Spain’s third largest city, situated half-way down the country’s Mediterranean coast, receives 300 days of sunshine a year.
That in itself is enough to draw many people to this bustling city, but Valencia offers much much more.
It’s a centre of creativity, with an incredible food and drink scene, buzzing nightlife, stunning architecture and a laidback pace of life.
It offers all the excitement of city life, but at its own speed, where no one seems to rush.
With a stunning sandy beach on its doorstep, gorgeous parks and mountains nearby, it offers more than many cities its size.
Yet despite all its assets you avoid the tourist traps found in places like Barcelona, where it’s hard to have a moment’s peace without being hassled by a hawker.
Valencia has a laidback authenticity and it’s that, along with all its cultural and culinary attractions, which has found it named by many travel guides’ as one of the top cities to visit in 2023.
Best Things To Do In Valencia
#1. City of Arts and Sciences
The City of Arts & Sciences is one of the most striking pieces of modern architecture in the whole of Spain.
The complex of buildings, which cost €1.2bllion to build, comprises of many different tourist attractions in futuristic buildings and set alongside the beautiful Turia Gardens.
At the enormous site you can visit Europe’s biggest aquarium, a digital 3D cinema and an industry leading science museum.
There’s also an enormous arts and performance centre, which hosts large exhibitions, concerts, opera and ballet performances.
Meanwhile, in the summer months there is an outdoor nightclub in the area and lakes to boat and kayak around.
There are also beautiful gardens, a conference centre and a number of imposing bridges.
It truly is a jaw-dropping place.
The Turia Gardens is another example of Valencia’s incredible design and engineering.
The enormous, 270 acre park, stretches 7km and rings half of the city centre around its north and east.
It’s one of Spain’s largest urban parks and what makes it more impressive is that the land used to contain the large Turia River.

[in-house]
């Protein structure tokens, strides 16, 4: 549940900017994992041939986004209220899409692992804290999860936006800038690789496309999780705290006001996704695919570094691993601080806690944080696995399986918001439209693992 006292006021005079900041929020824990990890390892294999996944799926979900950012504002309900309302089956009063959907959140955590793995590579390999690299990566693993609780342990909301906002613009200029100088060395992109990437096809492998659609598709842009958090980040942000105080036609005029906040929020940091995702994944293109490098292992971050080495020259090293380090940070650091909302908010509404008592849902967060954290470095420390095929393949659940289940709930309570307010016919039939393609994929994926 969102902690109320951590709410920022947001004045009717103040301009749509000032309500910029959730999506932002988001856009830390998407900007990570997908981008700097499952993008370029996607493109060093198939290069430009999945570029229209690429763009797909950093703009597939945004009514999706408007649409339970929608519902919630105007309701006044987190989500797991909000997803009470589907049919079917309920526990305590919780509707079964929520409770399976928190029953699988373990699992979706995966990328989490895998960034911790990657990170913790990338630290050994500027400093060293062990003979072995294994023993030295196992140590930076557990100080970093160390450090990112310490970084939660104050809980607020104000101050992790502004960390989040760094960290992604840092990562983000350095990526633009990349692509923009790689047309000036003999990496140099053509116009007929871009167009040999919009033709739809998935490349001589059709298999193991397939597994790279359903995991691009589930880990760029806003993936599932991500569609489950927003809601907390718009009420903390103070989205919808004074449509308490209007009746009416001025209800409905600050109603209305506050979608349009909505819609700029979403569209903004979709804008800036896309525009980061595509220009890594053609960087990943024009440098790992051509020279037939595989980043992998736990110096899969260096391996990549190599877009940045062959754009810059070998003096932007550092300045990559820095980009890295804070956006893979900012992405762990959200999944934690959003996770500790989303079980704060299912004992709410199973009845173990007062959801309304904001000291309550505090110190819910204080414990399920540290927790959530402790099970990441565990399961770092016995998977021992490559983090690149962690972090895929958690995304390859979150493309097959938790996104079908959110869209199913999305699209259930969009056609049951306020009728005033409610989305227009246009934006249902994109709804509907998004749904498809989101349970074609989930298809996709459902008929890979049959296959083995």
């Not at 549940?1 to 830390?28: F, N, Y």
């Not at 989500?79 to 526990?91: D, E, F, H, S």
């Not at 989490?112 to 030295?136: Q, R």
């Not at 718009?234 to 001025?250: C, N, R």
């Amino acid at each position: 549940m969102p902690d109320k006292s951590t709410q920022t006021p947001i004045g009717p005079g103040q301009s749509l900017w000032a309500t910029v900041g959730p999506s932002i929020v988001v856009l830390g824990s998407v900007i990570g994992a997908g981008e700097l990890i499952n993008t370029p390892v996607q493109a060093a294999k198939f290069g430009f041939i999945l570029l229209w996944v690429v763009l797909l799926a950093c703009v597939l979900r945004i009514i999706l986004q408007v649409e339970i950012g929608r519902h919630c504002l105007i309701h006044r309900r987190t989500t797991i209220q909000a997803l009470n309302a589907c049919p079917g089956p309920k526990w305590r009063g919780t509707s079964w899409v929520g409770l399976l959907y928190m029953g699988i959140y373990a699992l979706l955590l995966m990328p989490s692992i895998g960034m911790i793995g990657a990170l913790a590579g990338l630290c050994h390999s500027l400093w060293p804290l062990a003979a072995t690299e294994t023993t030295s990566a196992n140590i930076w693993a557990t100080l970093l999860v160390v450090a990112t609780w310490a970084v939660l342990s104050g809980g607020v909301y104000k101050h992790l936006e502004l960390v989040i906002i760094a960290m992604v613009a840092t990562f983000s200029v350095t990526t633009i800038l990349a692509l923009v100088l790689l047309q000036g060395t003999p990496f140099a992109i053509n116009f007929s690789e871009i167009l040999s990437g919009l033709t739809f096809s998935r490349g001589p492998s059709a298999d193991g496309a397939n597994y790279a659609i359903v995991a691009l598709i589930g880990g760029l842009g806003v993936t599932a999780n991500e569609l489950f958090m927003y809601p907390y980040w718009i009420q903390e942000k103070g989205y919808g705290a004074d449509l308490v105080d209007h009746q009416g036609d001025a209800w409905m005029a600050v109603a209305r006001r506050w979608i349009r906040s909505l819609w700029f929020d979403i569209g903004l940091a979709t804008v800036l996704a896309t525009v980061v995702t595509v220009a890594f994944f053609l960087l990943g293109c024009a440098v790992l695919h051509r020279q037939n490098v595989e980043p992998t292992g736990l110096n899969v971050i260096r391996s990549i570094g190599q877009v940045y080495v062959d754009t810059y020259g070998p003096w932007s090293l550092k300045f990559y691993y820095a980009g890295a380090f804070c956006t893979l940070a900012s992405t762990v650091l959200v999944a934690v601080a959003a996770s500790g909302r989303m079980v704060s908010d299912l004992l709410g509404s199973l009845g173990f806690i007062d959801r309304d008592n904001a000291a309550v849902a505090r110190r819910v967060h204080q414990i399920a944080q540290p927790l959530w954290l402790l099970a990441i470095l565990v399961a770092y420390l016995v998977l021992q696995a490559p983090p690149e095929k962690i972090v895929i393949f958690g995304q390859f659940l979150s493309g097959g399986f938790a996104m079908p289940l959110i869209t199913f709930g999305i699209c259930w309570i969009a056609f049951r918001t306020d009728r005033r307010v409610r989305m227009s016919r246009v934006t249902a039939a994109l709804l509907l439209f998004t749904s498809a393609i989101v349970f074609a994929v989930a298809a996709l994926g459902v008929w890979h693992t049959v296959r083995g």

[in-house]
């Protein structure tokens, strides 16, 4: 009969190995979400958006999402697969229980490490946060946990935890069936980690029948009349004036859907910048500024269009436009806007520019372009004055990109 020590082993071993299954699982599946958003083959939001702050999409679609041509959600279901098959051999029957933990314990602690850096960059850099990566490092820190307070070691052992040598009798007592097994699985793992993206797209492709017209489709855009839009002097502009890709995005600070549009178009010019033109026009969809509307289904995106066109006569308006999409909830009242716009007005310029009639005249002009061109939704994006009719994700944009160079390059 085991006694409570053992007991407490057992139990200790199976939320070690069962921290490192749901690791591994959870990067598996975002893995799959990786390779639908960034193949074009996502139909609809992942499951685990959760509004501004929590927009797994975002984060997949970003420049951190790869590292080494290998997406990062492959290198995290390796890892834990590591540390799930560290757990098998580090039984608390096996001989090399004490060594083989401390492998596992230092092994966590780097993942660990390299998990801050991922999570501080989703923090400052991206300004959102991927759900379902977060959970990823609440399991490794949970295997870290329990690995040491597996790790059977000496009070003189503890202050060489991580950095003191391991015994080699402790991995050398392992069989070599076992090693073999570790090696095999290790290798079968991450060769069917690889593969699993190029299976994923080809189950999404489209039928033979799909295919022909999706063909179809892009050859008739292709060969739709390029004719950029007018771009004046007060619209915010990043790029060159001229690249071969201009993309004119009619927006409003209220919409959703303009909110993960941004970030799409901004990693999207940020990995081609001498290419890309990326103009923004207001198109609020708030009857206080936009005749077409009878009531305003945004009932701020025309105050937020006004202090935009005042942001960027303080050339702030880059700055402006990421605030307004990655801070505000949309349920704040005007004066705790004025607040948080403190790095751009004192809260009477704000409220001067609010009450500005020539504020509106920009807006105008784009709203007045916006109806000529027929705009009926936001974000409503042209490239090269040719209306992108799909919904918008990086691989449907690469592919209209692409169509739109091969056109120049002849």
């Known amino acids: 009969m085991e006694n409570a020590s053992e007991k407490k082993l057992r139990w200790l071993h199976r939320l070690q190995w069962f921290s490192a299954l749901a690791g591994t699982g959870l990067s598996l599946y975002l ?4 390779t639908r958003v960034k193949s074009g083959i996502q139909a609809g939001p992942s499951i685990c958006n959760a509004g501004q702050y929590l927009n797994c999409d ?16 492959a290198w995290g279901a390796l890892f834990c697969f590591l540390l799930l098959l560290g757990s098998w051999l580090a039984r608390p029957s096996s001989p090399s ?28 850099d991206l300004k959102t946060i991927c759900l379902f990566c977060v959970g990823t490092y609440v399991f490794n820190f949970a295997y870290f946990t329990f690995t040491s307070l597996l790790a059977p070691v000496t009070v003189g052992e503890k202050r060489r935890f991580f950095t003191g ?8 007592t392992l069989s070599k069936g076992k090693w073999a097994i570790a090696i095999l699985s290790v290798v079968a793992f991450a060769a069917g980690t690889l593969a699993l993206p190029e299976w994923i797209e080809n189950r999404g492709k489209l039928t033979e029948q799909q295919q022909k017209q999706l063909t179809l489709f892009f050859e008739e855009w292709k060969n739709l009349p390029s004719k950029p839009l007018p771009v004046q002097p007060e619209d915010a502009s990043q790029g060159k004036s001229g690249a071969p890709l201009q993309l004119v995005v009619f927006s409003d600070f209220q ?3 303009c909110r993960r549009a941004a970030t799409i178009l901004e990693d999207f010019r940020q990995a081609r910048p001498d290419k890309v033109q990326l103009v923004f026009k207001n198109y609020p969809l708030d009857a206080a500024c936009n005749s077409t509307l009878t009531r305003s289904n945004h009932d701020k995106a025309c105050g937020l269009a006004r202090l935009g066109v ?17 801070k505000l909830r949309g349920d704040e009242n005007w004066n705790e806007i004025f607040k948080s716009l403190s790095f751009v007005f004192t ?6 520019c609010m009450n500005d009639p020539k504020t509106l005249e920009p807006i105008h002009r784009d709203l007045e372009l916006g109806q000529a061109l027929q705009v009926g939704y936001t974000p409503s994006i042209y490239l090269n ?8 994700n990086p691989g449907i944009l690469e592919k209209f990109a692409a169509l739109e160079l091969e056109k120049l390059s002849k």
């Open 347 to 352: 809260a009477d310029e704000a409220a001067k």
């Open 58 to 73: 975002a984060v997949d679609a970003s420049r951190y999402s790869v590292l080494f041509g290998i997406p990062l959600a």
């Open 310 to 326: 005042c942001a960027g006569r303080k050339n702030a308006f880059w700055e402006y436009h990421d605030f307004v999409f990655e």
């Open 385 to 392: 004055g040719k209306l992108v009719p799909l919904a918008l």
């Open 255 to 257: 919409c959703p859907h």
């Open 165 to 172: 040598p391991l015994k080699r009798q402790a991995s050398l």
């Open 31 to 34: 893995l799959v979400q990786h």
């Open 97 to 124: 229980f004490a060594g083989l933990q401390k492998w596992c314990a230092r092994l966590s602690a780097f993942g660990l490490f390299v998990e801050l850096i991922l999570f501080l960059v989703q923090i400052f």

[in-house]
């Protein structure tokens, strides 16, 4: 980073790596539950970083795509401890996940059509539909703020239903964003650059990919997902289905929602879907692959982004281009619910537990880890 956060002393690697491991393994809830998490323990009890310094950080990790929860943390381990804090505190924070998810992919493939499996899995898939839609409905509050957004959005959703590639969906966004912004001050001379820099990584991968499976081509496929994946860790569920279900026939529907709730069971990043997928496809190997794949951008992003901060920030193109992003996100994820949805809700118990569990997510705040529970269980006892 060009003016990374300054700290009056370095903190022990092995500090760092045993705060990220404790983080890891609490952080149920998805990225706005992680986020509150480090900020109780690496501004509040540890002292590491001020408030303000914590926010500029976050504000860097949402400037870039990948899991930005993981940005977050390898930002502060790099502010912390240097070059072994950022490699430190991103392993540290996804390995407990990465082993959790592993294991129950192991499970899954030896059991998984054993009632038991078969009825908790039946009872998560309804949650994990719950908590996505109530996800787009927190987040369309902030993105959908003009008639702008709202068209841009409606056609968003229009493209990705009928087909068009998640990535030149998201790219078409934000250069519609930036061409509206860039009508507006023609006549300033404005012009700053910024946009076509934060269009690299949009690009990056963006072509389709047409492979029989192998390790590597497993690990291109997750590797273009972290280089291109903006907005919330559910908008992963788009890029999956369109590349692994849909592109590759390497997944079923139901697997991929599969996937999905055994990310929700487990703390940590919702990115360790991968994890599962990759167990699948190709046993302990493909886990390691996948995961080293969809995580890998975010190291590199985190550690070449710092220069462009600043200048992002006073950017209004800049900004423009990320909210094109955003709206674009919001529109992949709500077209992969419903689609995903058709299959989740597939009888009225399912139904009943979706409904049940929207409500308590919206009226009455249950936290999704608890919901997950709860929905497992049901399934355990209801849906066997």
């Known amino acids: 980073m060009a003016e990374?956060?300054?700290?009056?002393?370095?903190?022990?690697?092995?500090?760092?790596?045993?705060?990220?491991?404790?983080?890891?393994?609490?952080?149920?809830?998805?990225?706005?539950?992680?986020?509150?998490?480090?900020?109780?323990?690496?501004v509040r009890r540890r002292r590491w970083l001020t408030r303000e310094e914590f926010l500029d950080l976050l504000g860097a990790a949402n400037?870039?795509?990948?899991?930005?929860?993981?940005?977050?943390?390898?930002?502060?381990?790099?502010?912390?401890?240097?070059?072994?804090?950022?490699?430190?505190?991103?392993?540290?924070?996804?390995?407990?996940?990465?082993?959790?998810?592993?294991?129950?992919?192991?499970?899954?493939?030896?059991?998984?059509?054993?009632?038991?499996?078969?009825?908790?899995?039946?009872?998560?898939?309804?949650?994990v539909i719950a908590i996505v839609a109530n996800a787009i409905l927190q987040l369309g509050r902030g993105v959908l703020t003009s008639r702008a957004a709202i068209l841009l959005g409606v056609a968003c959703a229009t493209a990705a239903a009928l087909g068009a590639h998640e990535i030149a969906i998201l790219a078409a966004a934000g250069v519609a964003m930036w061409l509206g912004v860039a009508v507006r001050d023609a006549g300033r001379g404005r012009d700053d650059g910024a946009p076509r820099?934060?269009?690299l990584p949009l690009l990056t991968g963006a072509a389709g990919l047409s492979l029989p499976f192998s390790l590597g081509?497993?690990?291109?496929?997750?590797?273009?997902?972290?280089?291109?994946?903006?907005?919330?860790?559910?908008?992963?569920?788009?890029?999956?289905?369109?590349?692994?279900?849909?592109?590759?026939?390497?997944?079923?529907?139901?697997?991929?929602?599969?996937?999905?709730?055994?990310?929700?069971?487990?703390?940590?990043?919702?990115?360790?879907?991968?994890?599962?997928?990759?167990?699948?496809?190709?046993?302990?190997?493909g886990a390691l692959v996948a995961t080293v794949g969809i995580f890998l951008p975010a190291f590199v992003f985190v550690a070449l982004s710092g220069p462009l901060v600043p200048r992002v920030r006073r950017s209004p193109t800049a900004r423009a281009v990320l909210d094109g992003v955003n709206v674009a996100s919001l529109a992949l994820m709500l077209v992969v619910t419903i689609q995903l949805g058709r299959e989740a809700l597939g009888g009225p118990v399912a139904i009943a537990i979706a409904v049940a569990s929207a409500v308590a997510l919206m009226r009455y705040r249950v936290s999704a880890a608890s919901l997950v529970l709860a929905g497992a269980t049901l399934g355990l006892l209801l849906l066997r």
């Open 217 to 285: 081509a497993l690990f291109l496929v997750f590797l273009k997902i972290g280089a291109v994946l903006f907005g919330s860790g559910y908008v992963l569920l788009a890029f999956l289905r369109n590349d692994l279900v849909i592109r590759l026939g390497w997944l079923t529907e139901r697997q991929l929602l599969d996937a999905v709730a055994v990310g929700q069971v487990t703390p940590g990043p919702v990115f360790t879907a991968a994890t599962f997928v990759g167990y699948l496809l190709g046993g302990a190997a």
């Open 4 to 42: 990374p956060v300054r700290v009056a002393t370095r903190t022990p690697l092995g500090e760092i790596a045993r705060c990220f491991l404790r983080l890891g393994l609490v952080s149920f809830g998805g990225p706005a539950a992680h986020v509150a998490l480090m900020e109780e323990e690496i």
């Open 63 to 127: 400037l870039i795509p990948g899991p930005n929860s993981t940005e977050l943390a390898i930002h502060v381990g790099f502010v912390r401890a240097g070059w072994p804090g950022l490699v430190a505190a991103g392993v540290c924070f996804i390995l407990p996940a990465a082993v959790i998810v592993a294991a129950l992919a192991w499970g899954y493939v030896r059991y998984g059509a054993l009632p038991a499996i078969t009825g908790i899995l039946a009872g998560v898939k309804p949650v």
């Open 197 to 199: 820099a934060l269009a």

After numerous floods, the city decided to reroute the river in the 1980s, away from the city centre, and turn the remaining river bed into the stunning park.
What’s left today is one of the most impressive urban parks in the whole of Europe, providing access to nature for a huge portion of the city’s population, within only a 10-minute walk or cycle.
It’s full of beautiful gardens, football pitches, outdoor gyms, small lakes, a large network of running routes, cycle paths and many other facilities.
A great place to escape the busy city streets.
Valencia doesn’t only boast a beautiful park, it also has many kilometres of stunning coastline too.
It has beaches right next to the city’s heart, while also others stretching to its north and south.
The sands begin right next to the city’s port and stretch right up the coastline to its northern city limits, with many beachside cafes, bars and restaurants.
There are also wilder beaches to the city’s south, with sand dunes and the opportunity to surf and kitesurf.
The beaches near the city’s heavily populated areas are throbbing with life throughout the year, with many volleyball nets, people cycling along the long promenades, having barbeques and relaxing until the sun sets.
The beach is an absolute must while visiting Valencia.
#4.Street Art El Carmen
Valencia is covered in street art and across many areas in the city you can see stunning murals.
However, it’s in El Carmen, just north of Valencia’s city centre, where you can find street art in its highest density.
It’s one of the most unique areas of the city to explore and among the oldest.
The neighbourhood is made up of a tight network of historic streets and alleyways which have now been taken over by artists.
There are 1,000s of pieces of art dotted around this compact area, among a vast array of tasty eateries, bars and small cafes.
Get out for an explore around an area which is oozing with creativity.
#5. Drink & dine in Ruzafa
Valencia’s Ruzafa area, to the south of the city centre, is seen as one of the coolest neighbourhoods in the city.
The area is Valencia’s answer to Shoreditch in London or Nørrebro in Copenhagen.